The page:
BIDR Institutes


FRENCH.pngThe FAAB sees the increasingly multidisciplinary nature of plant sciences as pivot for its future success. The recruitment of exceptional young scientists with backgrounds in holistic systems approaches will act as an anchor around which FAAB scientists can continue to develop dynamic and synergistic research programs at the cutting edge of life sciences. The integration of the diverse range of biological disciplines within the FAAB will strengthen the already widespread collaborations between its various biologists and between the FAAB and the academic and industrial communities both in Israel and worldwide. Moreover, the FAAB will remain at the forefront in the training the next generation of scientists as it expands its exciting multidisciplinary educational program at the Albert Katz International School for Desert Studies. In addition, FAAB scientists will continue to mentor M.Sc. and Ph.D. research students, and post-doctoral fellows from Israel and abroad.


Department of Environmental Hydrology and Microbiology (EHM) 

The Department of Environmental Hydrology & Microbiology promotes the advancement of research into the identification, quantification and improvement of water quality in arid zones.

Activities within the department are aimed at studying and developing water resources in desert basins with scarce hydro-geological information, with particular emphasis on developing methods for the treatment, reclamation and remediation of water in arid regions.

The Department of Desalination & Water Treatment (DWT)

When dryland population increases, expanding local water supplies is essential. Scientists and Technicians at the Department of Desalination and water Treatment are studying hight-tech desalination for providing water for drinking, agriculture and industry.

The Department of Desalination & Water Treatment investigates various aspects of desalination and treatment of different kinds of water for recycling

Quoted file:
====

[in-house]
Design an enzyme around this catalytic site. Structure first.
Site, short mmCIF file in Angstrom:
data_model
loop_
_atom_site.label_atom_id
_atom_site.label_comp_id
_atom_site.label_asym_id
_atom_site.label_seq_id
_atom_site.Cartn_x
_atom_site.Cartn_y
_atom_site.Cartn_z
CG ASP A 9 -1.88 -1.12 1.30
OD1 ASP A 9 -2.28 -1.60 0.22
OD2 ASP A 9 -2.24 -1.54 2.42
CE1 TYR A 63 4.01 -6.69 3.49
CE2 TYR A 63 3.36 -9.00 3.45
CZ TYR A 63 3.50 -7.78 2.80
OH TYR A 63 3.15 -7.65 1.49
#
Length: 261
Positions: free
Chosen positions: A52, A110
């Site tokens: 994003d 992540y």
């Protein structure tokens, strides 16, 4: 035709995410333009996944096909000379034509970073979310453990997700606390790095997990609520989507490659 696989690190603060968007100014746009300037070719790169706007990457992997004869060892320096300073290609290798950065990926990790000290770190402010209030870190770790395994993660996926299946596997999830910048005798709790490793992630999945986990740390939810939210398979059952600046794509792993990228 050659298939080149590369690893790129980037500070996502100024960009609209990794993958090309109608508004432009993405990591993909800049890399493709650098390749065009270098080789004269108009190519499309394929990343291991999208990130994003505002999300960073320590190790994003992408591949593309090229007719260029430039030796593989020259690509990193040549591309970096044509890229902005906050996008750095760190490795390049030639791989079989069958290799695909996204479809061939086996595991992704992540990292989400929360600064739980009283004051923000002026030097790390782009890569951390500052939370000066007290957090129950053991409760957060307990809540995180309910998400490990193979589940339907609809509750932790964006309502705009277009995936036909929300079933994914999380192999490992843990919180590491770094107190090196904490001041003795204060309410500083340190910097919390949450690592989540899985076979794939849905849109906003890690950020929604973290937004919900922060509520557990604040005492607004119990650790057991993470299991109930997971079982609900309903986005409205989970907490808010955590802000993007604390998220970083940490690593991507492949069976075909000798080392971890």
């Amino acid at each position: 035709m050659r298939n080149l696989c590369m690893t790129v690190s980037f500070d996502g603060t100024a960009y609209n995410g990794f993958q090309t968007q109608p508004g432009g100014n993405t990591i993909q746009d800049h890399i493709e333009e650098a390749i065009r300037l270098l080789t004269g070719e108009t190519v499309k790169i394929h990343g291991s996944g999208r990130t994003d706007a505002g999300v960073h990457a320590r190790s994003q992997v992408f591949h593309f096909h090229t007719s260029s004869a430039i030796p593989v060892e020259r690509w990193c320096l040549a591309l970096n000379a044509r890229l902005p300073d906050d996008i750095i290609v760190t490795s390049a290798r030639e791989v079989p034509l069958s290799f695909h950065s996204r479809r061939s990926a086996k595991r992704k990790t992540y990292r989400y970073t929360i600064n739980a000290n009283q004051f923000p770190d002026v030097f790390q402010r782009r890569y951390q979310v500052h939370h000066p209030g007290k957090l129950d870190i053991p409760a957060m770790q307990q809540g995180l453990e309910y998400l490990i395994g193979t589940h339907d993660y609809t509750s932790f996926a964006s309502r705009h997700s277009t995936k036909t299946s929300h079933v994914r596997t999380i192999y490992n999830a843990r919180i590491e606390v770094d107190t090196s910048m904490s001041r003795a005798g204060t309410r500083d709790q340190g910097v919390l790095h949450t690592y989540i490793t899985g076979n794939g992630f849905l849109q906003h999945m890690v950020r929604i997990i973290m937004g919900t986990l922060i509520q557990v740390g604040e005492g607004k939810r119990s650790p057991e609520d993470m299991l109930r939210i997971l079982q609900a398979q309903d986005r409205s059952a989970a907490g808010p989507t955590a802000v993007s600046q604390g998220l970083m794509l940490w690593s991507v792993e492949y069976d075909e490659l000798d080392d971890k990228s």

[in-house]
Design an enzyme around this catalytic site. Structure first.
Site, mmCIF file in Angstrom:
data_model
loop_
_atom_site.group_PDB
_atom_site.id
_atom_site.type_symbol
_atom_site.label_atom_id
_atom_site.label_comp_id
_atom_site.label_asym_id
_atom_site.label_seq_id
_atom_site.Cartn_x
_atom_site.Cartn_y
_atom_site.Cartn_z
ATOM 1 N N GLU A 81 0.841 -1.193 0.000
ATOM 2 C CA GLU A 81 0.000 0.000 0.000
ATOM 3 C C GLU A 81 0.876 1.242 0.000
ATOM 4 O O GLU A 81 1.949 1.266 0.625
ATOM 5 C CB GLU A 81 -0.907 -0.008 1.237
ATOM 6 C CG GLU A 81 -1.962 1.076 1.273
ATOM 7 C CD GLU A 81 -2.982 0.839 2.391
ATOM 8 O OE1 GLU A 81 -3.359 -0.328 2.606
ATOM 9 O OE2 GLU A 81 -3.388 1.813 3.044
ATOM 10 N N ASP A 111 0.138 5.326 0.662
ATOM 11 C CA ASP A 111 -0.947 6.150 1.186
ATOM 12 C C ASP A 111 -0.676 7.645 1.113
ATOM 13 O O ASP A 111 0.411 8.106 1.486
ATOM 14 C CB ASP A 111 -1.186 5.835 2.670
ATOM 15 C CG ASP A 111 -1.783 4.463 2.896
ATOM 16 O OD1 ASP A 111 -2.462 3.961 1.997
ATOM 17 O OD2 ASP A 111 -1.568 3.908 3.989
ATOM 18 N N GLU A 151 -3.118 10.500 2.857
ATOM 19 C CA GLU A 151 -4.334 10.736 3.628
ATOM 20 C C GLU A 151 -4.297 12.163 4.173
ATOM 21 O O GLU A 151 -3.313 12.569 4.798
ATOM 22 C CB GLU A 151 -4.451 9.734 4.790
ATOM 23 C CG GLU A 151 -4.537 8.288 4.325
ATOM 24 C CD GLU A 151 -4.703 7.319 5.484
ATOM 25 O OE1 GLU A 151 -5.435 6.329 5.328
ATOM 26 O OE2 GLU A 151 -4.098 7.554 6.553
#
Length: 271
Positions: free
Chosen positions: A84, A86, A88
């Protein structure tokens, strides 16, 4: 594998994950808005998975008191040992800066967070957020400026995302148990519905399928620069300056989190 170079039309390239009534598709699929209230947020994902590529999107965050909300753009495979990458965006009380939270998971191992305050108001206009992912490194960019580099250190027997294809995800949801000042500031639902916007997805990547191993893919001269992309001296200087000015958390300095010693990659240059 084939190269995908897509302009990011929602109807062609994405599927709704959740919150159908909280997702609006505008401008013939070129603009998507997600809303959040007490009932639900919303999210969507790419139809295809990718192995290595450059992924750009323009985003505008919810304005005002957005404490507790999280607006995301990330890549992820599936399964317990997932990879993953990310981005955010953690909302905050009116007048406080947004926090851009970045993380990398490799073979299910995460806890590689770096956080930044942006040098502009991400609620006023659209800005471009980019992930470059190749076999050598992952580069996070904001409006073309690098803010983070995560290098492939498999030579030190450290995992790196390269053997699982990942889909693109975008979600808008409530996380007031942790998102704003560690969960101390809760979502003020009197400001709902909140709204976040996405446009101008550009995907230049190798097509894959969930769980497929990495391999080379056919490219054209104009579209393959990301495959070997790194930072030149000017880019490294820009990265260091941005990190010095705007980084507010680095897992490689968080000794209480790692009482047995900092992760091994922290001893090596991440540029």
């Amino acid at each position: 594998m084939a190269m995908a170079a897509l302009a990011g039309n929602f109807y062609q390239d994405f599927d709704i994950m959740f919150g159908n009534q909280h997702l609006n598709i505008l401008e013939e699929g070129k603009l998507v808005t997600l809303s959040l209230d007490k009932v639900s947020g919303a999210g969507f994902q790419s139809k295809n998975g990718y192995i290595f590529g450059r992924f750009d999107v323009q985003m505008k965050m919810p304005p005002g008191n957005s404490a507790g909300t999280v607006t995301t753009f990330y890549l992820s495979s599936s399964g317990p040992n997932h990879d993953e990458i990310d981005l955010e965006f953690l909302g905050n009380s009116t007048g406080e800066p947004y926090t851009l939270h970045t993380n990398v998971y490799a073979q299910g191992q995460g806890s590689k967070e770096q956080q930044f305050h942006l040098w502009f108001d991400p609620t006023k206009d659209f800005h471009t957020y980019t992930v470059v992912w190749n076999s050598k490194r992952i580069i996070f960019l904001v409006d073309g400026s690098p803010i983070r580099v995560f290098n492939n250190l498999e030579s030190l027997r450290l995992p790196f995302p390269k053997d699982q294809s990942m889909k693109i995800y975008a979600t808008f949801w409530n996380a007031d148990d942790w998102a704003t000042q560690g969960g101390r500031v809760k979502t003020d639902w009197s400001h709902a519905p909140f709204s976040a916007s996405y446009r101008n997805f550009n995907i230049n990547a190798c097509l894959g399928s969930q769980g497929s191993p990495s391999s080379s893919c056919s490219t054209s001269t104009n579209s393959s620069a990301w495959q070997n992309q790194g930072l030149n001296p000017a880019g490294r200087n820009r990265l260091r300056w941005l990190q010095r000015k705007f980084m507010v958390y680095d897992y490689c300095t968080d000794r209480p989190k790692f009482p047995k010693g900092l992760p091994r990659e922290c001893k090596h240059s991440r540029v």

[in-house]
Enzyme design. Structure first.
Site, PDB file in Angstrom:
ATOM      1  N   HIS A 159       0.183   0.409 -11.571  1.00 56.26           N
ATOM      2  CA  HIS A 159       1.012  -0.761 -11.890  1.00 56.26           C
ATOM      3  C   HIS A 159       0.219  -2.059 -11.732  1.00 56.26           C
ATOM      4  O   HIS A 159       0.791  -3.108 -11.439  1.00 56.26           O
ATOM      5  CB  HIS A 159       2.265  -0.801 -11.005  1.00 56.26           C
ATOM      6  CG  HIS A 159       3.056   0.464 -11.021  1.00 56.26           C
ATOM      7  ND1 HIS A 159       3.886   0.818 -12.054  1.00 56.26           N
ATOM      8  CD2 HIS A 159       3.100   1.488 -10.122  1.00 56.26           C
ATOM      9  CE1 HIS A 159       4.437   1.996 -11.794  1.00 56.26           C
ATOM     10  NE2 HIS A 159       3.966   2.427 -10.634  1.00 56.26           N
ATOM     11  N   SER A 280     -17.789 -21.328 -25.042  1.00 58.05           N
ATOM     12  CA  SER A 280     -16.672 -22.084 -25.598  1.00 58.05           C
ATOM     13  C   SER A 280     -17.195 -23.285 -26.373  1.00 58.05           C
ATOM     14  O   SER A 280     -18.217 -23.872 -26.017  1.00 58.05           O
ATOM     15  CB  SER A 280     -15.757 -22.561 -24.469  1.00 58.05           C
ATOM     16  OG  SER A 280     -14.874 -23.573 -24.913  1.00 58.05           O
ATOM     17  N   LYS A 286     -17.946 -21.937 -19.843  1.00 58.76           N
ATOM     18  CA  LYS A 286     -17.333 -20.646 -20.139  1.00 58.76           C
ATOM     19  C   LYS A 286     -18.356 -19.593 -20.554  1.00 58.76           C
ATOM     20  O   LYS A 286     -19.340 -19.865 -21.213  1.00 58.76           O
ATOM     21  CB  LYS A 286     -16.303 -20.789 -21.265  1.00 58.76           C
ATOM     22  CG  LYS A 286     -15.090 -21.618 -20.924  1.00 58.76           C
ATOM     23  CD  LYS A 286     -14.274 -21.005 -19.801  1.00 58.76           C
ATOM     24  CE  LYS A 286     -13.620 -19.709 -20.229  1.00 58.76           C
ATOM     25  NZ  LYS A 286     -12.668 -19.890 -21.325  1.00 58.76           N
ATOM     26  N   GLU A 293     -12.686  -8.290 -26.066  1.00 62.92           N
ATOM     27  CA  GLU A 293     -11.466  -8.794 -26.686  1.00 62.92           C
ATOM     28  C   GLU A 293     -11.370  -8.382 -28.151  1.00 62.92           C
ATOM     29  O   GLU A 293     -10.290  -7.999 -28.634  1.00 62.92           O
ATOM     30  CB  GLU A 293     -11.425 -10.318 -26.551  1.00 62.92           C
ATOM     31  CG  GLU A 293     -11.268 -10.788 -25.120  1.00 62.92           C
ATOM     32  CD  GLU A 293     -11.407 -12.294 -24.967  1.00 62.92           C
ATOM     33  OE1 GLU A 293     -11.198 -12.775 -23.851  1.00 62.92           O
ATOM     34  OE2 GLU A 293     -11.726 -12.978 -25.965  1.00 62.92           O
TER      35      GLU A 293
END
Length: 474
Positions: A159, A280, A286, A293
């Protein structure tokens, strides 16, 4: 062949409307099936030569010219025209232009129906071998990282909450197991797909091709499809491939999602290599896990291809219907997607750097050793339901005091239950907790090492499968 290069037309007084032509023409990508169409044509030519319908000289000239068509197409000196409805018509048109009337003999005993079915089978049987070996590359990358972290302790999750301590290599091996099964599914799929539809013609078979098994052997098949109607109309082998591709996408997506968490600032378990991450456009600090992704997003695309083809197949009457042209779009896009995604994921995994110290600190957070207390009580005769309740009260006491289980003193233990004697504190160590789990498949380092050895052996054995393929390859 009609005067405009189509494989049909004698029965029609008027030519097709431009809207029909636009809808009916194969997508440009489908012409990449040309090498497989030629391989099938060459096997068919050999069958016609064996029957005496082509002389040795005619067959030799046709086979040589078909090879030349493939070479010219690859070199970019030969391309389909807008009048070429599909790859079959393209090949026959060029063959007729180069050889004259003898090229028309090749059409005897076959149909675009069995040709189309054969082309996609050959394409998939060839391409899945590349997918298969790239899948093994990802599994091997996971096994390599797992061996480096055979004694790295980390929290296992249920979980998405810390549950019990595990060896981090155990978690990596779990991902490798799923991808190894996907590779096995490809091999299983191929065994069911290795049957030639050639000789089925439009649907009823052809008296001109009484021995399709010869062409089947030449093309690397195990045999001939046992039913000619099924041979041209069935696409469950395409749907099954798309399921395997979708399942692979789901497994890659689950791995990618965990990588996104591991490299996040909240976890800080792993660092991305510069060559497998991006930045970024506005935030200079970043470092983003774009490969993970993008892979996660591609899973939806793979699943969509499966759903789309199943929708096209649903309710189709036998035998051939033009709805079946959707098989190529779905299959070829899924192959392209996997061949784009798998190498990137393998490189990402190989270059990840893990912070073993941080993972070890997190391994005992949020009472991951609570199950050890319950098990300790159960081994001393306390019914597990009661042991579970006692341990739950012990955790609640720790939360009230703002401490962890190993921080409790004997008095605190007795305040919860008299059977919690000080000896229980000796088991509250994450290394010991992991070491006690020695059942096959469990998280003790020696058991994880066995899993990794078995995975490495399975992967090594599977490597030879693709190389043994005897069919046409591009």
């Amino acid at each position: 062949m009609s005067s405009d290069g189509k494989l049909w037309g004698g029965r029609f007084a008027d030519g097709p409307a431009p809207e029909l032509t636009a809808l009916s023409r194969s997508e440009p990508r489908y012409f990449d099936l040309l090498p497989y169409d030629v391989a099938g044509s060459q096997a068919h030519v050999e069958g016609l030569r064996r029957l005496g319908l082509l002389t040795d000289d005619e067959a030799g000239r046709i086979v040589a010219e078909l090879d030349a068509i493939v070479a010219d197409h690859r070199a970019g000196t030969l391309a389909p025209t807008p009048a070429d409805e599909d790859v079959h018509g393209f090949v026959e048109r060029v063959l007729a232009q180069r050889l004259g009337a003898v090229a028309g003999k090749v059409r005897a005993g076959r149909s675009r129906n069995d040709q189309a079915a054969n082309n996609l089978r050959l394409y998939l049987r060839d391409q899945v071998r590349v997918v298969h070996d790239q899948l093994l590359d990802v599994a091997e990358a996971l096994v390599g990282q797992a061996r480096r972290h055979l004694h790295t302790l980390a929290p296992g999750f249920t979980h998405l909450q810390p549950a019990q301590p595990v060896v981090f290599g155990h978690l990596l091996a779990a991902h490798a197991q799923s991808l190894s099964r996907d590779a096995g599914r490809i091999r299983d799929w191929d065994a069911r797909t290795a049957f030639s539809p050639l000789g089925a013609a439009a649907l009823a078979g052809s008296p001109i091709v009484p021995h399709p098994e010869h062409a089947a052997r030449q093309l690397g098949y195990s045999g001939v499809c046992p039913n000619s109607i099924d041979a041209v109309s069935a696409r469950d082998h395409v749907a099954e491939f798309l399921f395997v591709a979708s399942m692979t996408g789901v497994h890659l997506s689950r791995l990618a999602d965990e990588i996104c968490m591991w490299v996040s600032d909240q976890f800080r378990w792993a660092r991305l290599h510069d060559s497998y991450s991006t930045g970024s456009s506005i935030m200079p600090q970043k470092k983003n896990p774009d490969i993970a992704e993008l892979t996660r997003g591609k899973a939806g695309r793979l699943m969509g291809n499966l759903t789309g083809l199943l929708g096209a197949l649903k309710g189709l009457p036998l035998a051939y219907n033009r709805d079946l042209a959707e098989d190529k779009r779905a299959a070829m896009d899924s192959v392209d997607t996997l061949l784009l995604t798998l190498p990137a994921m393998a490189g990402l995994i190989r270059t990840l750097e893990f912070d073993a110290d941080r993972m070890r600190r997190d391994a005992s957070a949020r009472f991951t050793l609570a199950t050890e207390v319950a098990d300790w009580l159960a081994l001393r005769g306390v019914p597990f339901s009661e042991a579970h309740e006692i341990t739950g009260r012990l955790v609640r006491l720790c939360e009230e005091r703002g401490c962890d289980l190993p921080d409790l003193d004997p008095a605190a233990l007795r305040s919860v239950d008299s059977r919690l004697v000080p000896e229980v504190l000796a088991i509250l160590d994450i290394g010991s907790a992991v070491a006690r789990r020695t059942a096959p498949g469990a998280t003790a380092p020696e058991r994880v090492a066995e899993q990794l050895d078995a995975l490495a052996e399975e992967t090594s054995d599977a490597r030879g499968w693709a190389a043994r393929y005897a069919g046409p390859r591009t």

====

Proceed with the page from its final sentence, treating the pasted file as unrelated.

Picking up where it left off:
The mission of the SIDEER is to foster integrated, interdisciplinary approaches to the study of the environment in the dryland of Israel and of the world.

The SIDEER strives to develop, implement and disseminate scientific knowledge and environmental technologies through interactions between the biological, physical, social, and planning disciplines.

The SIDEER endeavors to improve human well-being in natural and man-made environments in dryland by promoting conservation of the environment and sustainable development.

Bona Terra Department of Man in the Desert (BTMID)

The Bona Terra Department of Man in the Desert brings together social scientists, architects, and urban planners in one integrated academic framework. Experience proves that sustainable development in drylands requires solutions that are appropriate to the climate and physical environment and are likewise compatible with cultural, socio-economic, and political considerations unique to dryland societies. 

Alexandre Yersin Department of Solar Energy and Environmental Physics (YDSEEP)

The Department of Solar Energy and Environmental Physics is an interdisciplinary research group. It includes scientists with training in geography, meteorology, mechanical engineering, applied mathematics, physics and chemistry.

Research work at the department covers various aspects of the physical environment.  These include solar energy utilization and applied optics, the desert climate, remote sensing, vegetation pattern formation and modeling of desertification, and basic aspects of nonlinear dynamics and thermodynamics as related to the environment.  The department provides consultation services to government agencies  and to municipalities with regard to the optimal utilization of solar energy in specific projects,  and to industry - on the development of novel solar devices.

Marco and Louise Mitrani Department of Desert Ecology (MDDE)

Research at the MDDE has two main goals:

The first is to study deserts as model ecosystems for advancing ecological knowledge. MDDE faculty members conduct ecological research at different levels of integration including physiological, behavioral, population, community and landscape levels.

The second goal is to better understand the ecology of deserts in Israel and to make this knowledge available to the scientific community as well as to government and industry. This information can be used for the conservation and prudent, sustainable development of desert regions.